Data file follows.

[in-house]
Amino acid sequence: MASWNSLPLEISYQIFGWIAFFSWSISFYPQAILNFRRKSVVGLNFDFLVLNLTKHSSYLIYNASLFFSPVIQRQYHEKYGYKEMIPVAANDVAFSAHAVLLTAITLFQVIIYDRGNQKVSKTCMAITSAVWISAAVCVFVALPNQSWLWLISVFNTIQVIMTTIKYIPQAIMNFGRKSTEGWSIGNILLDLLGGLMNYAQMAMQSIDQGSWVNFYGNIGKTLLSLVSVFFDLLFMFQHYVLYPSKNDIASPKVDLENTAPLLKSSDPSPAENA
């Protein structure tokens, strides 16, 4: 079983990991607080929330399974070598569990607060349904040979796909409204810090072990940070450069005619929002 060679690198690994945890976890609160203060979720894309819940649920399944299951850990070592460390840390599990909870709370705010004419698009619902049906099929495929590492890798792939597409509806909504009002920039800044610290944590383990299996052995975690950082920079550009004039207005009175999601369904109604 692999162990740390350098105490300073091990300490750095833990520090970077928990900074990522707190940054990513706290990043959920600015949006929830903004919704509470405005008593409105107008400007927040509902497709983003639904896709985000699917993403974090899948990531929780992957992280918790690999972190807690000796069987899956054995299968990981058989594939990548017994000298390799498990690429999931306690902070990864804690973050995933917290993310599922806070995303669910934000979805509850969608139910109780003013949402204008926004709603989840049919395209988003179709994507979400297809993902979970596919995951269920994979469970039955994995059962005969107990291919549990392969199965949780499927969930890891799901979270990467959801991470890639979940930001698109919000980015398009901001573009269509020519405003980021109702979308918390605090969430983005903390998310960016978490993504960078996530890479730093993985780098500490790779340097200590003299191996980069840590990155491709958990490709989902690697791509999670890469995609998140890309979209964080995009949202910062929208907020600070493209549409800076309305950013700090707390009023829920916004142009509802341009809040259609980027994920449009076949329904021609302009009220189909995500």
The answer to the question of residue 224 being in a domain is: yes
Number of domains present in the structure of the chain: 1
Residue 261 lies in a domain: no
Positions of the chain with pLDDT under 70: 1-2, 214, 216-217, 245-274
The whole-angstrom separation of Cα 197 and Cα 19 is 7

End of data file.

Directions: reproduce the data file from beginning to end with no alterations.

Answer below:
[in-house]
Amino acid sequence: MASWNSLPLEISYQIFGWIAFFSWSISFYPQAILNFRRKSVVGLNFDFLVLNLTKHSSYLIYNASLFFSPVIQRQYHEKYGYKEMIPVAANDVAFSAHAVLLTAITLFQVIIYDRGNQKVSKTCMAITSAVWISAAVCVFVALPNQSWLWLISVFNTIQVIMTTIKYIPQAIMNFGRKSTEGWSIGNILLDLLGGLMNYAQMAMQSIDQGSWVNFYGNIGKTLLSLVSVFFDLLFMFQHYVLYPSKNDIASPKVDLENTAPLLKSSDPSPAENA
């Protein structure tokens, strides 16, 4: 079983990991607080929330399974070598569990607060349904040979796909409204810090072990940070450069005619929002 060679690198690994945890976890609160203060979720894309819940649920399944299951850990070592460390840390599990909870709370705010004419698009619902049906099929495929590492890798792939597409509806909504009002920039800044610290944590383990299996052995975690950082920079550009004039207005009175999601369904109604 692999162990740390350098105490300073091990300490750095833990520090970077928990900074990522707190940054990513706290990043959920600015949006929830903004919704509470405005008593409105107008400007927040509902497709983003639904896709985000699917993403974090899948990531929780992957992280918790690999972190807690000796069987899956054995299968990981058989594939990548017994000298390799498990690429999931306690902070990864804690973050995933917290993310599922806070995303669910934000979805509850969608139910109780003013949402204008926004709603989840049919395209988003179709994507979400297809993902979970596919995951269920994979469970039955994995059962005969107990291919549990392969199965949780499927969930890891799901979270990467959801991470890639979940930001698109919000980015398009901001573009269509020519405003980021109702979308918390605090969430983005903390998310960016978490993504960078996530890479730093993985780098500490790779340097200590003299191996980069840590990155491709958990490709989902690697791509999670890469995609998140890309979209964080995009949202910062929208907020600070493209549409800076309305950013700090707390009023829920916004142009509802341009809040259609980027994920449009076949329904021609302009009220189909995500």
The answer to the question of residue 224 being in a domain is: yes
Number of domains present in the structure of the chain: 1
Residue 261 lies in a domain: no
Positions of the chain with pLDDT under 70: 1-2, 214, 216-217, 245-274
The whole-angstrom separation of Cα 197 and Cα 19 is 7